Long ago, it may be presumed, the reader has discovered, in Mr. White, the peculiarity, that, when he employs language which, with ordinary people, indicates the communication of facts, he is only announcing his own opinions of what should be facts; and it is rare indeed that these are not officious idiosyncrasies.Outside America, anti-Americanism - or at least recognition of the American origin - was a focus of much of the other criticism of "enthuse" from the 1870s on. For instance:
Again, to get a word meaning "make enthusiastic", Mr. White tells us: "From the Greek adjective enthous, an English verb, enthuse, might be properly formed". How he works out this conclusion is shrewdly left to conjecture. He says, indeed, in his Preface: "The few suggestions which I have made in etymology I put forth with no affectation of timidity, but with little concern as to their fate "; and the assurance and indifference thus professed are just such as, in default of sound scholarship, might be expected.
- pages 70 and 77, Recent Exemplifications of False Philology (New York : Scribner, Armstrong & Co., 1872, Internet Archive recentexemplifi00hallgoog)
... if it be true that the verb “to enthuse" has found its way to England, it may be safely affirmed that no author or journalist of reputation will venture to adopt it.And after that it just got on to the general peeve and prescriptivist factoid circuit as a meme as a Bad Thing, regardless of its origin. It was bad because it was perceived as new:
- Americanisms (reprint from the Pall Mall Gazette), The Living Age, 1872
And how could all these good people, with all their presumed advantages, have said "brainy" and "tony," and permitted themselves freely to conjugate in all its revolting moods and tenses the terrible verb "to enthuse"? Can it be that, amid all the warfare that appears to await us in the near future, the United States troops will one day have to be called out for the defense of our mother tongue?
- page 826, Recent American fiction (review of The Hon. Peter Stirling), The Atlantic Monthly, June 1895.
Here I fancied I detected the thin edge of another importation from America, to the ingenuity of which country we are indebted for such abortions as "to enthuse," ...
- page 147, "To Ambition" by "TENEBRÆ", Notes and Queries, 8th S. VII, Feb. 23, 1895.
5. Beware of words too new to have a recognized place in the language.
The wretched word "enthuse" seems to be fighting for a place in standard usage, and as yet no one can tell what the sequel will be; at present it is a word to be shunned.
- The practical elements of rhetoric with illustrative examples (John Franklin Genung, Boston: Ginn & Company, 1891, Internet Archive practicalelemen03genugoog).
Neologisms in General. No precise rule can be given for the use or avoidance of neologisms. Some of them, e. g., the verb enthuse, or predicate in the sense of affirm, predict, are so crude and barbarous as to fall under the head of vulgarisms or slang. Others deserve at least respectful treatment, and still others will doubtless become standard English.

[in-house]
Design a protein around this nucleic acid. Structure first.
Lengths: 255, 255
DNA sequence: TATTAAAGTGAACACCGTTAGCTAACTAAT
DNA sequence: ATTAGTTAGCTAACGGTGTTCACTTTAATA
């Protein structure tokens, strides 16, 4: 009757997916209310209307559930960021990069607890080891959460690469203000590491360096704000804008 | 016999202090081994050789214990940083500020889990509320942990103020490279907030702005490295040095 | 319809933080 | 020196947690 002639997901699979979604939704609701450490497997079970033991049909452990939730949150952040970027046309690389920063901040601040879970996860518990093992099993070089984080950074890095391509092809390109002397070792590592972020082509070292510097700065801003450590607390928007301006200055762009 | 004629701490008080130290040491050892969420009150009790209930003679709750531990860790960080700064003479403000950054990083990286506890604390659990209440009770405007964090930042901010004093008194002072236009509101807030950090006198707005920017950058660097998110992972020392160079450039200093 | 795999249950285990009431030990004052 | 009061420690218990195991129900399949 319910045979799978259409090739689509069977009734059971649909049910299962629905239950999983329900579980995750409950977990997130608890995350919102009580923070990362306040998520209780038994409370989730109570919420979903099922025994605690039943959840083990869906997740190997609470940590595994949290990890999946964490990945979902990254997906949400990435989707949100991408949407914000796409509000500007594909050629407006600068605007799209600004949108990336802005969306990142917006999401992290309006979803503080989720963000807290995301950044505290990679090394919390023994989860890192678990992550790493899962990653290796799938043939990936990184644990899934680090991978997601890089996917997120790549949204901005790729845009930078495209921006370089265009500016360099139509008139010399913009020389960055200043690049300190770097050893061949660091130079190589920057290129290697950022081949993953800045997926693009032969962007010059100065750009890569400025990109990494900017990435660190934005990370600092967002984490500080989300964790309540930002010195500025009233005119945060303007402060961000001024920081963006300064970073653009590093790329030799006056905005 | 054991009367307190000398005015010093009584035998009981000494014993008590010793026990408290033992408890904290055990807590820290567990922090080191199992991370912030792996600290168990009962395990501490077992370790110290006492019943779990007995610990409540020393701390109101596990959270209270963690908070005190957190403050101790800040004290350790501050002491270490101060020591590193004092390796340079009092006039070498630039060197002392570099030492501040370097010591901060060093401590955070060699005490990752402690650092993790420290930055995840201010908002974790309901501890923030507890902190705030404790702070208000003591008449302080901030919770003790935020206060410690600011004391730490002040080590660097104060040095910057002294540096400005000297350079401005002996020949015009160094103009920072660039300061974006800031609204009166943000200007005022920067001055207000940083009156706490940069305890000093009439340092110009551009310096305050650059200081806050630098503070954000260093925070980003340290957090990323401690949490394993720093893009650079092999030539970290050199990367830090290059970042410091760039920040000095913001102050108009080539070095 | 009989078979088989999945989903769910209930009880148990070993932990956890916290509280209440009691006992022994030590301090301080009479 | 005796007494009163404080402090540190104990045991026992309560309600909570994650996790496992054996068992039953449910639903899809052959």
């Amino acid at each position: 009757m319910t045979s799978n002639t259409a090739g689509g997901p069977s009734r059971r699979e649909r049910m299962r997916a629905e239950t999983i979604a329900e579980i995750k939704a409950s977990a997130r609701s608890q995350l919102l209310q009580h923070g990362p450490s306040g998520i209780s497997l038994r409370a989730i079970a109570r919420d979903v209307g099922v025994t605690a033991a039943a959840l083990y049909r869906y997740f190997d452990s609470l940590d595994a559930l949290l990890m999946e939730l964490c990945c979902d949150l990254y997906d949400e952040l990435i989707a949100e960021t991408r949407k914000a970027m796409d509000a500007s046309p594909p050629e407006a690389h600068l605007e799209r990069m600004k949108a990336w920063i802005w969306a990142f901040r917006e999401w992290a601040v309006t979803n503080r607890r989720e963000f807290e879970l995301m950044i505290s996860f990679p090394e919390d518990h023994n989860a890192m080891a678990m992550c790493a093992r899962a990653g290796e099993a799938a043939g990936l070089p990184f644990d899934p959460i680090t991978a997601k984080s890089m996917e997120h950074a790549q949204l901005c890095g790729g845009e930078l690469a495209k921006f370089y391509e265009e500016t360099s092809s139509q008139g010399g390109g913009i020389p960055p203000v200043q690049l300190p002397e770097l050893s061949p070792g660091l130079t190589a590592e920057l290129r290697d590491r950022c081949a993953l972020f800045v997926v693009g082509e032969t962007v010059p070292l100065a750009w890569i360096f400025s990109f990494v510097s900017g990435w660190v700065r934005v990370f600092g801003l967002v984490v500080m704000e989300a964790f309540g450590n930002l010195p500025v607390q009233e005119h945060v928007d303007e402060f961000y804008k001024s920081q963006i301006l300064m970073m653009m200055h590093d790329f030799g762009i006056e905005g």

-page 164, A Handbook of English Composition, James Morgan Hart, Philadelphia: Eldredge & Brother, 1895, Internet Archive ahandbookenglis00hartgoog).
In the following examples, the student will name the error in the use of the italicized word or phrase as a Barbarism, a Solecism, or an Impropriety, and substitute for it the proper word or phrase.
1. He has tried to resurrect popular feeling, but the people do not enthuse.
- Rhetoric: Its Theory and Practice. "English Style in Public Discourse" (Austin Phelps, Henry Allyn Frink, New York: C. Scribner's sons, 1895).
Then there is the misbegotten verb to enthuse—the most hideous of vocables in my sight—what is to be its fate? Although I have detected it in the careful columns of the Nation, it has not as yet been adopted by any acknowledged master of English; none the less, I fear me greatly, it has all the vitality of other ill weeds.
- page 307, New Words and Old, Brander Matthews, Harper's New Monthly Magazine, Volume 97, 1898.
“Enthuse” is vulgar and detestable.
- page 250, The Bookman's Letter-Box (editorial correspondence page), The Bookman, Dodd, Mead and Company, Volume 10, 1899.
You also used another colloquialism which I wish you to exclude from your vocabulary, and that is that hateful newspaper word enthuse. There is in reality no such word. It is not recognized at all by our older dictionaries, but I notice that the Century dictionary admits it as a colloquialism, assumed to be derived from enthusiasm, which it is not, of course. Somebody thoughtlessly coined the word as you did vigorating and dropped it into a newspaper, where it was spread abroad and picked up by uneducated people.What's depressing is that people are still complaining about "enthuse" more than a century after it ceased to be a hot topic, even to the point of some writing guides actively stating it to be wrong - though such guides are generally written by self-appointed prescriptivist pundits such as Robert Hartwell Fiske, not by credible evidence-based dictionary authorities.
- Twenty-five letters on English authors (Mary Fisher, Chicago: Scott, Foreman and Company, 1900, Internet Archive twentyfiveletter00fishuoft).
Unfortunately even the sensible usage guides more often than not advise knuckling under on disputed points, to stay on the safe side and not offend those readers on the traditional side of disputes. I'd like to tell people not to take such a nesh attitude to frightening the horses, but the difficulty is, it's easy to take a "f**k them" approach to such prescriptivism if you're operating from a position of independence (such as writing a weblog). But Realpolitik is unavoidable if you have a prescriptivist idiot as teacher, college tutor or employer, with power to impact on your marks/career if you don't toe their usage line. I don't know what the answer is.
I'd like to think that at least the dictionaries take a fully descriptive view nowadays. Yet even the current Oxford English Dictionary retains from its 1891 edition this judgemental description of the etymology of "enthuse", which falls very short of standards of neutral descriptive stance on word origin.
enthuse, v.- Ray
Etymology: An ignorant back-formation < enthusiasm n.
- OED online